How to Conquer Acne?

Medically reviewed by John A. Flores M.D., M.S. May 02, 2024| Written by Zenda Nel

How to Conquer Acne?

Acne is a common but distasteful skin condition that most people experience at some point in their lives. While it mostly affects teenagers, it can also bother people in their 40s and 50s.

Though acne is not life-threatening, having your face disfigured by ugly red blotches accentuated by yellow puss is not exactly a life-enhancing experience either. 

Acne’s effects may reach deeper than skin deep.  The emotional and psychological burden of having ugly skin, especially when you are a teenager, can be devastating. Apart from feeling embarrassed and ashamed, acne-riddled skin can lead to cruel comments and rejection. 

Severalscientific studies have found the condition can lead to a lack of confidence, social withdrawal, feelings of insecurity and inferiority, limited employment opportunities, functional and interpersonal difficulties at work, and suicidal tendencies.

What is Acne?

Acne is a skin condition caused by hair follicles on the skin becoming plugged with oil and dead skin cells. When this happens, the result is whiteheads, blackheads, or pimples. 

So, what are hair follicles? They are microscopic tubes that hold the hair. It looks like a test tube with the closed part embedded in the skin and the open part on the surface of the skin. This is where the hair grows out. 

The follicles also act as canals for an oily substance called sebum excreted by glands under the skin. When this tiny 'test tube' gets filled with sebum and dead skin, you have acne.

When the resulting acne and pimples are red, the bacteria in the follicle are causing inflammation.


Acne typically appear as red or swollen pimples, blackheads, whiteheads, and sometimes cysts or nodules under the skin. Acne primarily appear on the face, back of the neck, chest, back, and shoulders. 

Whiteheads, also known as closed comedones, develop when a follicle is completely blocked, and the sebum and dead skin cells inside remain trapped beneath the skin's surface. This causes a small, white, or flesh-colored bump on the skin.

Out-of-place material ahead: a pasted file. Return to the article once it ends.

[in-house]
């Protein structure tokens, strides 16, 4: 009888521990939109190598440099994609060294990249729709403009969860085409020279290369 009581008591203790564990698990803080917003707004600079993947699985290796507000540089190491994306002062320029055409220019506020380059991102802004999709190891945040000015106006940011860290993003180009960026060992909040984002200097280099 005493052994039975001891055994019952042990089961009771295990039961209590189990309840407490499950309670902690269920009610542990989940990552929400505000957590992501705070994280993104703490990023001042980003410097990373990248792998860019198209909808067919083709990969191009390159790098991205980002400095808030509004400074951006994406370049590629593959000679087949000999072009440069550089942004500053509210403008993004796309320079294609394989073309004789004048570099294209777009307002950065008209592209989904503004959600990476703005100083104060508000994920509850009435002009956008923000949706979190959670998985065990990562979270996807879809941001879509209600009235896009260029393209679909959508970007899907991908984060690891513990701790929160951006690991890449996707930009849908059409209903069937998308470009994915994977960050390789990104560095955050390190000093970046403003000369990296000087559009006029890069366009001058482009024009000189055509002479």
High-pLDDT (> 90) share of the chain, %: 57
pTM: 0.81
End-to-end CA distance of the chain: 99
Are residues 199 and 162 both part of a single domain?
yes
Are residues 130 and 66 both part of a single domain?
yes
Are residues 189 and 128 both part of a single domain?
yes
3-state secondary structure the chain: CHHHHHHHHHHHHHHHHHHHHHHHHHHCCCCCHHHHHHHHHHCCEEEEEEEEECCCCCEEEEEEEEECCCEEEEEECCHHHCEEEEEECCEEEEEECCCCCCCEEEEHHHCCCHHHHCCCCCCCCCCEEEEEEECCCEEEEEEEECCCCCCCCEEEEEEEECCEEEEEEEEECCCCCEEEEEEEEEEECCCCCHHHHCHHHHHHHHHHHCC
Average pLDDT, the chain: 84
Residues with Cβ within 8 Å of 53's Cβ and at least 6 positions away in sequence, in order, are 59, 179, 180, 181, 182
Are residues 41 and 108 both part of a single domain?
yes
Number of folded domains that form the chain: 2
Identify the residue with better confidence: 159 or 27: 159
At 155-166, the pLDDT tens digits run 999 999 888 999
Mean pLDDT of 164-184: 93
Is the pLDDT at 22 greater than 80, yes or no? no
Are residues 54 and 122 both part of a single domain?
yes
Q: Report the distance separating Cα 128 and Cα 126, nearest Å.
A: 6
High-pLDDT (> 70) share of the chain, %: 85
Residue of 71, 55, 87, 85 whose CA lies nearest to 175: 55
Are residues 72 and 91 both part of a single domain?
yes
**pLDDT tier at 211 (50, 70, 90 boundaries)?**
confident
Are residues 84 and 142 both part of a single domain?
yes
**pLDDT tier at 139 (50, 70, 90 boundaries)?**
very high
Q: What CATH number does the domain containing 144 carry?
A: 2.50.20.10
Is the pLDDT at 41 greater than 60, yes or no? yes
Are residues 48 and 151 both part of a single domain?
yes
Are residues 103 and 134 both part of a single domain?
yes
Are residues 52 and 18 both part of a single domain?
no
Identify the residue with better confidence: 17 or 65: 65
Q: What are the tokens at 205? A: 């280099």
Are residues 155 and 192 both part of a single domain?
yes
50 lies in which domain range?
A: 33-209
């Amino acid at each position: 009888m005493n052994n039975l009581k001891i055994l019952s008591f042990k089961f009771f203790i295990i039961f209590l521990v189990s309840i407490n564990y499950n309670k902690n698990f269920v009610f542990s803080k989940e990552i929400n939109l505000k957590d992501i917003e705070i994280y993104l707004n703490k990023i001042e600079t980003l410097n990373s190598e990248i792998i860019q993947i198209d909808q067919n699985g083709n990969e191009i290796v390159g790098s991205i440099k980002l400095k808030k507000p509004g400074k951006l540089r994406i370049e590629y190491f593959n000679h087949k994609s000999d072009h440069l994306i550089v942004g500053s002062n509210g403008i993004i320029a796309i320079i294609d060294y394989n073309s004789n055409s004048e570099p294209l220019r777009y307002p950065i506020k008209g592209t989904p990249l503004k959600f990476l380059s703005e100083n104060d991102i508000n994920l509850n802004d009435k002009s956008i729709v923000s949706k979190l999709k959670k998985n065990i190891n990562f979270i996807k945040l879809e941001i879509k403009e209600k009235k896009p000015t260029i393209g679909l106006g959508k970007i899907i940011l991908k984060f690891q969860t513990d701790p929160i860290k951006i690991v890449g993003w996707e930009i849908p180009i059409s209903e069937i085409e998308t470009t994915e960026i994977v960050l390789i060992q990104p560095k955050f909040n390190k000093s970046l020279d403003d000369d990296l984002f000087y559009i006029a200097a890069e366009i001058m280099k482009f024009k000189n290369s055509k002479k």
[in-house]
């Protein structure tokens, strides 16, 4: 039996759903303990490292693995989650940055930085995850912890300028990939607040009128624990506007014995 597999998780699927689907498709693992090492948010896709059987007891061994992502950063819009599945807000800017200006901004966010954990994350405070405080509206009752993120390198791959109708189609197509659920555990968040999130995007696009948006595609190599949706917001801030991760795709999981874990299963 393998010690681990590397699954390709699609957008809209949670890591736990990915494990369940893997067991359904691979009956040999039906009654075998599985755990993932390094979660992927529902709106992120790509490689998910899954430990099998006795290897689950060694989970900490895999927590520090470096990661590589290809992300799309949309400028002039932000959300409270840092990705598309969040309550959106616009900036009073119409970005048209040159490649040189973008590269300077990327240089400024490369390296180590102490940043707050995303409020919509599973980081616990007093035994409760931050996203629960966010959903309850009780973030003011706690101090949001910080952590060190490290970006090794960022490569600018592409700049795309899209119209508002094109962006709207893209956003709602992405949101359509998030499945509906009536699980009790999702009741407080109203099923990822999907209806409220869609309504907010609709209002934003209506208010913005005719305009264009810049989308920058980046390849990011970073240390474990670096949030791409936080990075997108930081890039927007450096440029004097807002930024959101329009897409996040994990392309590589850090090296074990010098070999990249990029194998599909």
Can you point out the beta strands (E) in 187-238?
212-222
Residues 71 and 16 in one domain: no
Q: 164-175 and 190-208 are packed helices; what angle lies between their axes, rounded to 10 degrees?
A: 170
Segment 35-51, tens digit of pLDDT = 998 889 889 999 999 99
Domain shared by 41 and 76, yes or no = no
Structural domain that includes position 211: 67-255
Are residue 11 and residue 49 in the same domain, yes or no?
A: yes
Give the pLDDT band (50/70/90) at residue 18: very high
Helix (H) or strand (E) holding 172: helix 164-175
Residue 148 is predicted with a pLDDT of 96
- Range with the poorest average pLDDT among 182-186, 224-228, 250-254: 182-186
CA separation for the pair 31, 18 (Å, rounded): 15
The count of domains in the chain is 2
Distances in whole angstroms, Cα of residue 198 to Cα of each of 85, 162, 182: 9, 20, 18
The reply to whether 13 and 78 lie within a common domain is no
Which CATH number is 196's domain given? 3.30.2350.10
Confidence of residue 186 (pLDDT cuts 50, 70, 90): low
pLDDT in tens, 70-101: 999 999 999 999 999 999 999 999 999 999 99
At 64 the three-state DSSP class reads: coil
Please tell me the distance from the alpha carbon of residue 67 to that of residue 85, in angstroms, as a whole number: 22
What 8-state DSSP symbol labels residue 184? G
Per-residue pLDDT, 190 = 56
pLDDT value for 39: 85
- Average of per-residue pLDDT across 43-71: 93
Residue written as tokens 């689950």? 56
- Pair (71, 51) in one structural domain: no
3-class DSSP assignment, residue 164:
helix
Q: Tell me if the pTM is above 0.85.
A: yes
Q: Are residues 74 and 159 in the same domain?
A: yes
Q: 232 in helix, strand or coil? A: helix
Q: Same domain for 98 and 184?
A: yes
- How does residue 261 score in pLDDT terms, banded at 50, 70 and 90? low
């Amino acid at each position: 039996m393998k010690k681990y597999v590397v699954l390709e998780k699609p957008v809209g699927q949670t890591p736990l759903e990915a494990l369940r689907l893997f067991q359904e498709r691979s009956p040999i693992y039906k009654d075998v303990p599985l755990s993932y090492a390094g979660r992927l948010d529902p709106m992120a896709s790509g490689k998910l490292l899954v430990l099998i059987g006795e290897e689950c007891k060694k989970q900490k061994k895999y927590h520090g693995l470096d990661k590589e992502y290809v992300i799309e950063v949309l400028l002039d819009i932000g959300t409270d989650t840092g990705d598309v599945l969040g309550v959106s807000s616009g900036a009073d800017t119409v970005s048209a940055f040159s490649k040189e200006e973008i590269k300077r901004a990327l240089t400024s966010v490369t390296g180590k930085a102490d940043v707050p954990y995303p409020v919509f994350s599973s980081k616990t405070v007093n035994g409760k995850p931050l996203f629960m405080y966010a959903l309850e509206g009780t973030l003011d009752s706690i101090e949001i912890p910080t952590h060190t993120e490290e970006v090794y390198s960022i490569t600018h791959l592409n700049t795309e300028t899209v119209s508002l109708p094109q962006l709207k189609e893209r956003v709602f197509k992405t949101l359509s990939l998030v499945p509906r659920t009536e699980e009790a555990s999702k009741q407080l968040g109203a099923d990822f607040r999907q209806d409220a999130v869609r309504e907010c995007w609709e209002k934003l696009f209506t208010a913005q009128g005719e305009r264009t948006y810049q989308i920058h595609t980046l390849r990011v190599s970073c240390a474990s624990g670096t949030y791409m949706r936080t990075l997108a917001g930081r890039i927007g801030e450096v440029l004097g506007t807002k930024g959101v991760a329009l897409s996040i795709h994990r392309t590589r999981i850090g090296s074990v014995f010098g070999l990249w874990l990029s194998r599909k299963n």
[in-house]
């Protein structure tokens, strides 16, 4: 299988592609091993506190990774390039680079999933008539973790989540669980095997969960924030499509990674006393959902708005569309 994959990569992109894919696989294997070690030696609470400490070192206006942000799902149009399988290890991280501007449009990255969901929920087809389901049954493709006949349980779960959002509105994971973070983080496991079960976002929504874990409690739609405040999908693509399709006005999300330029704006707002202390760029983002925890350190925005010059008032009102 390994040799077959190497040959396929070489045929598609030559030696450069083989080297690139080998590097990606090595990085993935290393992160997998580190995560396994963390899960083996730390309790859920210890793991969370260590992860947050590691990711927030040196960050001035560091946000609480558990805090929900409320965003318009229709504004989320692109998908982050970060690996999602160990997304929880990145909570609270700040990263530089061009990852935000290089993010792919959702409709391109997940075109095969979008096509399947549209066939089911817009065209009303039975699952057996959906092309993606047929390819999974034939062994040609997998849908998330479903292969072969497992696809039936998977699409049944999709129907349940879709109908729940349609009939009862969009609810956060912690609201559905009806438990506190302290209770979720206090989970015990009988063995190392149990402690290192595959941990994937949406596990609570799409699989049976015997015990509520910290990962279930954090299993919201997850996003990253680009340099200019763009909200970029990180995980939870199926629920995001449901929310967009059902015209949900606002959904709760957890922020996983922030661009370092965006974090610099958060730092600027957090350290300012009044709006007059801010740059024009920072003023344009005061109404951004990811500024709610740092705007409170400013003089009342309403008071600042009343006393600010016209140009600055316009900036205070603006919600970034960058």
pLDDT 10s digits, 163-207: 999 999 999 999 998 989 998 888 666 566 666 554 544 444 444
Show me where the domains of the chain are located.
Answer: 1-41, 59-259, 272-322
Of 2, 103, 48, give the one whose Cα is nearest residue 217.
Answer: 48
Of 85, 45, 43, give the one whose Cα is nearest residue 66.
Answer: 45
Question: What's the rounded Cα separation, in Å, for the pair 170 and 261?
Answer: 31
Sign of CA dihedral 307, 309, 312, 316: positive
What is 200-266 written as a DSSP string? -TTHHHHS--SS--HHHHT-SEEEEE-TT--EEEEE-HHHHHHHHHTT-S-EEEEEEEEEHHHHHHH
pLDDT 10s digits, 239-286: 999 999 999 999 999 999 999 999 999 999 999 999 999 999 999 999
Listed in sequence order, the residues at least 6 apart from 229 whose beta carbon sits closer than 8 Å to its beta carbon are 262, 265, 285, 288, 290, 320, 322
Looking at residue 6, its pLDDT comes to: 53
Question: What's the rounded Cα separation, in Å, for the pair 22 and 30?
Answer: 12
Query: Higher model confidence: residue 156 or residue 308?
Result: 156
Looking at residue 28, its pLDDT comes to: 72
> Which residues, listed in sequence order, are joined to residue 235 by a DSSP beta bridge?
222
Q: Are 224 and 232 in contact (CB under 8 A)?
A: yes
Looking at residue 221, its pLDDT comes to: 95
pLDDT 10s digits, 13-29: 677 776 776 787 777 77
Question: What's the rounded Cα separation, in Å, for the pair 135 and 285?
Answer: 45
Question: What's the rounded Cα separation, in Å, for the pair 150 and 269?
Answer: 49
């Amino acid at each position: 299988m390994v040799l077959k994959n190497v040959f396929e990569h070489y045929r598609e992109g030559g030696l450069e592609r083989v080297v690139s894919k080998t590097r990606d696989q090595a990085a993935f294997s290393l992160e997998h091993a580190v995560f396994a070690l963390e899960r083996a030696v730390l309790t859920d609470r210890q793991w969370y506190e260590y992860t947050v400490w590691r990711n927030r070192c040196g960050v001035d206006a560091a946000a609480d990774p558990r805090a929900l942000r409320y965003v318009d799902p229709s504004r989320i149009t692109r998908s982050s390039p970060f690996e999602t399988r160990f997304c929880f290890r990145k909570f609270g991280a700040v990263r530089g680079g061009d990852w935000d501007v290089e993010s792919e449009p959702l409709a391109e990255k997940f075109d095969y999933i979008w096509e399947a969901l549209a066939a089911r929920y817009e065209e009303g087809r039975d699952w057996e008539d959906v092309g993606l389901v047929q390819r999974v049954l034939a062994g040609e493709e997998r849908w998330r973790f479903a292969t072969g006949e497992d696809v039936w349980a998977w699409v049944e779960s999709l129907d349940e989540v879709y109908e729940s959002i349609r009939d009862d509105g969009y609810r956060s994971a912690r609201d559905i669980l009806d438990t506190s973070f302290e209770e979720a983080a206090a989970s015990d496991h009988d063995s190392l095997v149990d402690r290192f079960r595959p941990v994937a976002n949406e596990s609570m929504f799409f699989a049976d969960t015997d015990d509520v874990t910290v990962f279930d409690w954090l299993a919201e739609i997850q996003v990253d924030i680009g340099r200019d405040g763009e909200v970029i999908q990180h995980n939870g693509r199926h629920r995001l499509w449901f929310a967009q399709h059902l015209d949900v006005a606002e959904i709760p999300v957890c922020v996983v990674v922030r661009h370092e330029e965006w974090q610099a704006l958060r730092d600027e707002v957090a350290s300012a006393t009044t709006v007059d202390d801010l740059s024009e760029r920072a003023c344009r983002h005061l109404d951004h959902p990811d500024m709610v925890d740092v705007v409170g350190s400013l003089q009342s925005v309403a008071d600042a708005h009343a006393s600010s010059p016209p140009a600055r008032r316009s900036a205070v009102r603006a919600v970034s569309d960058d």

Blackheads, known as open comedones, form when the follicle is only partially blocked and the stuff inside reaches the surface of the skin where it oxidizes, turning it black.

Acne can also present as small, tender red bumps called papules. But papules with pus on top are called pustules. In severe cases, this condition can leave scars on the skin.

Are Acne and Pimples the Same?

Acne is the general term for a group of skin conditions that include pimples. Pimples are small, red, inflamed bumps on the skin that contain pus. Meanwhile, acne includes various skin conditions like blackheads, whiteheads, cysts, nodules as well as pimples. 

In other words, pimples are just one form of acne lesions. 

Myths Surrounding Acne

Did you know if you sleep with wet hair you'll catch a cold? If you think this is nonsense, you're right. Here are some more nonsense about acne that you should know about. 



Only teens get acne.

Acne is a common skin condition, afflicting people of all ages. A third of adults have acne. Although 85% of teens get some form of acne, they aren’t the only ones who can suffer from it.

Acne is caused by poor hygiene.

If dirt were the problem, acne would have cleared up with frequent washing; it doesn't. 

In fact, washing too much can worsen the condition.

Greasy foods like pizza and French fries cause acne.

There is no scientific evidence that these foods or any other junk food cause acne.

Only people with oily skin develop acne.